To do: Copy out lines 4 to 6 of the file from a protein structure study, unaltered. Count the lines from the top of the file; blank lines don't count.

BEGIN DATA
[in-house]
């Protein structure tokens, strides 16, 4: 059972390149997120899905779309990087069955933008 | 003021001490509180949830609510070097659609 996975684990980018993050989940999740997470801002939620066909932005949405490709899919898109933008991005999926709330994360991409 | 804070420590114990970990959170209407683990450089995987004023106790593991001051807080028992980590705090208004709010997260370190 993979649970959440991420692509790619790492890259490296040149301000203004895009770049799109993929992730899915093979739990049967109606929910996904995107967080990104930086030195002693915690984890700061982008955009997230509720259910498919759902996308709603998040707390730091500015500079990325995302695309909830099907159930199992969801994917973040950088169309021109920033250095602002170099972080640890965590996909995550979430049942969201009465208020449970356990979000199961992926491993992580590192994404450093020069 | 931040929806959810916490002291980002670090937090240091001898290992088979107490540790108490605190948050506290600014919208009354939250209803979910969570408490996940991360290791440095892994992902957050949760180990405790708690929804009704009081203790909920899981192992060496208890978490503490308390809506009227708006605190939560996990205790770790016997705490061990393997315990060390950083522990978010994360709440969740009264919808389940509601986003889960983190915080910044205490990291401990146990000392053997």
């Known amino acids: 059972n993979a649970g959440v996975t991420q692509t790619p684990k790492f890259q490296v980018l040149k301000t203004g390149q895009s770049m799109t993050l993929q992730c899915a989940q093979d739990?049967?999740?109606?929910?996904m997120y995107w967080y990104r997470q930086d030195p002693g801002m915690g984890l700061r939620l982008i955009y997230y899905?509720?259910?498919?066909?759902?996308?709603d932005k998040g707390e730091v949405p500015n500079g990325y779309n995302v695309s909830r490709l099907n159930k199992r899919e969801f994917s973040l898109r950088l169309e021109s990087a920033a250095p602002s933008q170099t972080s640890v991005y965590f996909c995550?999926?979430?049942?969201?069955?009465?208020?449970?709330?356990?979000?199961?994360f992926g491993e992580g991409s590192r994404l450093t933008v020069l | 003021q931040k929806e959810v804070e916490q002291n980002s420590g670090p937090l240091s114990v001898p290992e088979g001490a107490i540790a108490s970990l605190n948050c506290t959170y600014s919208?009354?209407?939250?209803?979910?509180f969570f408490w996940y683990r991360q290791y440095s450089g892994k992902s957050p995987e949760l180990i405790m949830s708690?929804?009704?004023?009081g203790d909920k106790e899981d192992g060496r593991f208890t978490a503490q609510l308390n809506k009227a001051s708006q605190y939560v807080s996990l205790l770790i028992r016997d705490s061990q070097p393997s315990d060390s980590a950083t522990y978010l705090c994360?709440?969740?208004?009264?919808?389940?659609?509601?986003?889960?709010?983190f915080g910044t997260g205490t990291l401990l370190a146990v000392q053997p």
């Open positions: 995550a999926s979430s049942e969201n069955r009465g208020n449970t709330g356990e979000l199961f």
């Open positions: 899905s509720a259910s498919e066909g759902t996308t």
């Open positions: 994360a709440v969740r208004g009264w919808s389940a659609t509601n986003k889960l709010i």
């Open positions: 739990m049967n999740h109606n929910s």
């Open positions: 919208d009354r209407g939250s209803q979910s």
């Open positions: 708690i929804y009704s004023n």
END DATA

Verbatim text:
């Open positions: 995550a999926s979430s049942e969201n069955r009465g208020n449970t709330g356990e979000l199961f």
């Open positions: 899905s509720a259910s498919e066909g759902t996308t």
């Open positions: 994360a709440v969740r208004g009264w919808s389940a659609t509601n986003k889960l709010i």